Hillary ClintonHillary Diane Rodham ClintonPennsylvania GOP authorizes subpoenas in election probe We must mount an all-country response to help our Afghan allies Biden nominates ex-State Department official as Export-Import Bank leader MORE took a huge step toward clinching the Democratic presidential nomination on Tuesday with big victories in the swing states of Florida and Ohio.
Tuesday’s results also made a November showdown between Clinton and Republican front-runner Donald TrumpDonald TrumpFormer Sen. Heller to run for Nevada governor Overnight Defense & National Security — Milley becomes lightning rod Joint Chiefs Chairman Milley becomes lightning rod on right MORE more likely after the businessman won Florida’s winner-take-all GOP primary.
The blemish for Trump was a loss in Ohio, where the state’s governor, John Kasich, won his first victory of the 2016 campaign — a win he desperately needed.
Still, Trump took home all 99 of Florida’s GOP delegates and in the process ended rival Marco RubioMarco Antonio RubioOvernight Defense & National Security — Milley becomes lightning rod Joint Chiefs Chairman Milley becomes lightning rod on right GOP senators unveil bill designating Taliban as terrorist organization MORE’s presidential campaign in his home state. The senator suspended his campaign shortly after 8 p.m., telling his supporters that it “is not God’s plan that I be president in 2016 or maybe ever.”
But the biggest victories went to Clinton. The former secretary of State’s defeat of Bernie SandersBernie SandersWarren, Daines introduce bill honoring 13 killed in Kabul attack trillion tax hike the opposite of 'good investment' Progressive groups call for Puerto Rico Fiscal Control Board to be abolished MORE in Florida was widely expected, but her prize in Ohio was far from a sure thing.
“This was another super Tuesday for our campaign,” Clinton told cheering supporters in Florida. “Thank you, Florida, thank you, North Carolina and thank you, Ohio.”
Clinton then pivoted to Trump, criticizing his call for a wall on the U.S.-Mexico border, his proposed ban on Muslims entering the country and his call for the use of torture against suspected terrorists.
“When we hear a candidate for president call for rounding up 12 million immigrants, banning all Muslims from entering the United States, when he embraces torture, that doesn’t make him strong, it makes him wrong,” Clinton said.
“We should be bringing down barriers, not building walls,” she added. “You know, to be great, we can’t be small. We can’t lose what made America great in the first place.”
In Florida, Clinton won 65 percent of the vote compared to 33 percent for Sanders, with 99 percent of precincts counted.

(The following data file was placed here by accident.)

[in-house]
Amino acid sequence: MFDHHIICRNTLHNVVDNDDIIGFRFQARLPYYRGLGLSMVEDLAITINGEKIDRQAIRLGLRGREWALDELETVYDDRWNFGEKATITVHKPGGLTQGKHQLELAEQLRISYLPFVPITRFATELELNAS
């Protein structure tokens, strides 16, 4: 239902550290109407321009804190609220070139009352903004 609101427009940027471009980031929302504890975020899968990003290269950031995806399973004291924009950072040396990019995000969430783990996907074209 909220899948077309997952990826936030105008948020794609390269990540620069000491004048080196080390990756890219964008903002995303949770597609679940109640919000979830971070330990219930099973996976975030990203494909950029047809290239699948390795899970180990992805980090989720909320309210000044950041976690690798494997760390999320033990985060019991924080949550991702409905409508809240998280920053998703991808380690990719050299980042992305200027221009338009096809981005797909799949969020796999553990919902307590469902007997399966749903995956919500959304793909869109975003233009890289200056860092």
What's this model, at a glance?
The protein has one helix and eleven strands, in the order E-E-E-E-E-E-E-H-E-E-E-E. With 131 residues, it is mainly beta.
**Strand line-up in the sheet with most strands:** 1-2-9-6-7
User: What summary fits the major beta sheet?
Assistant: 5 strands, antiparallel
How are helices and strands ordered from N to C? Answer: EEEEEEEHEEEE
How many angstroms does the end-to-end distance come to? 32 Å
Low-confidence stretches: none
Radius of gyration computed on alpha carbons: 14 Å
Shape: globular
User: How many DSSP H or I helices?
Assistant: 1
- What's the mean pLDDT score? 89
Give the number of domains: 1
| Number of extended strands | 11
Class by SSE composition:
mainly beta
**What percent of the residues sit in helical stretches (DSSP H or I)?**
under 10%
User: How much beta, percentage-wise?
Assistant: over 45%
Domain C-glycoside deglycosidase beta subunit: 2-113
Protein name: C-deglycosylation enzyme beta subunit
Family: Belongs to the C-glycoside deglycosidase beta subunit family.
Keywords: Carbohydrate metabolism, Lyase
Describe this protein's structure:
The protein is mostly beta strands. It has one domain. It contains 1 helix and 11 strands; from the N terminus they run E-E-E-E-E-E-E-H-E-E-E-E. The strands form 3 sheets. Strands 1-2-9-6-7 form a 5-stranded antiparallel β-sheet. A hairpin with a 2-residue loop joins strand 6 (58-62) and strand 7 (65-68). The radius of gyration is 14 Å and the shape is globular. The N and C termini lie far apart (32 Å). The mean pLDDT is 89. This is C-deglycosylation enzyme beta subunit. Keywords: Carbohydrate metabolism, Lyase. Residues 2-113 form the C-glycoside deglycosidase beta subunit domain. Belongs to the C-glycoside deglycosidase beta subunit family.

The Sunshine State was the biggest prize of the night for Democrats, awarding 214 pledged delegates, and Clinton’s win means she will pad her already substantial delegate lead.
The Sanders campaign upset Clinton last week in Michigan and had hoped to steal another state away in Ohio with its anti-trade, anti-Wall Street message.
The results in the two swing states will do much to calm Democrats who have been unnerved by Sanders’s successes against Clinton, which had given ammunition to critics calling her a flawed candidate.
Clinton on Tuesday also added a victory in North Carolina, continuing a sweep of the South built on her popularity among African-American voters. She won in Illinois as well.
The wins move Clinton closer to winning the 2,383 delegates she needs to win the Democratic race, and could put her all but out of reach for the Vermont senator.
By late Tuesday evening, Clinton had 1,410 delegates, according to The Associated Press, which includes unbound superdelegates, and she was likely to add to that tally by the end of the night by winning delegates in the Missouri primary, which remained too close to call.
Things weren’t quite as clear-cut on the Republican side, though Trump underlined his status as the party’s front-runner with a significant win in Florida and victories in North Carolina and Illinois.
Trump won about 46 percent of the Florida vote, compared to 27 percent for Rubio. Ted CruzRafael (Ted) Edward CruzThe Hill's Morning Report - Presented by National Industries for the Blind - Schumer: Dem unity will happen eventually; Newsom prevails The Memo: Like the dress or not, Ocasio-Cortez is driving the conversation again Ocasio-Cortez defends attendance of Met Gala amid GOP uproar MORE had 17 percent.
The Florida result was a stunning defeat for Rubio that will raise questions about his political future. The senator decided against running for reelection to pursue his White House bid and will now return to the upper chamber as a lame duck.
In his speech to supporters but without naming Trump, Rubio decried the nasty rhetoric and personal insults that have dominated Republicans’ 2016 campaign.
“While this may not have been the year for a hopeful or optimistic message about our future, I still remain hopeful and optimistic about America,” he said. “I ask the American people, do not give in to fear. Do not give into frustration.”
Missouri also hosted a GOP contest Tuesday but remained too close to call definitively with nearly 100 percent of the vote in on both sides. Both Clinton and Trump were ahead by less than 1 percentage point. Sanders and Cruz, who was right behind Trump, could both call for recounts.
Kasich’s win in Ohio was good news for those who want to prevent Trump from clinching the nomination before the party’s national convention this July in Cleveland.
Trump would need to win about 60 percent of the remaining delegates to get to the 1,237 he needs.
Cruz has been calling for the other candidates to drop out of the race to give him an opportunity to go after Trump one-on-one.
On Tuesday, it appeared he would have to wait longer for such a scenario after Kasich’s win in Ohio.
Updated at 1:44 a.m.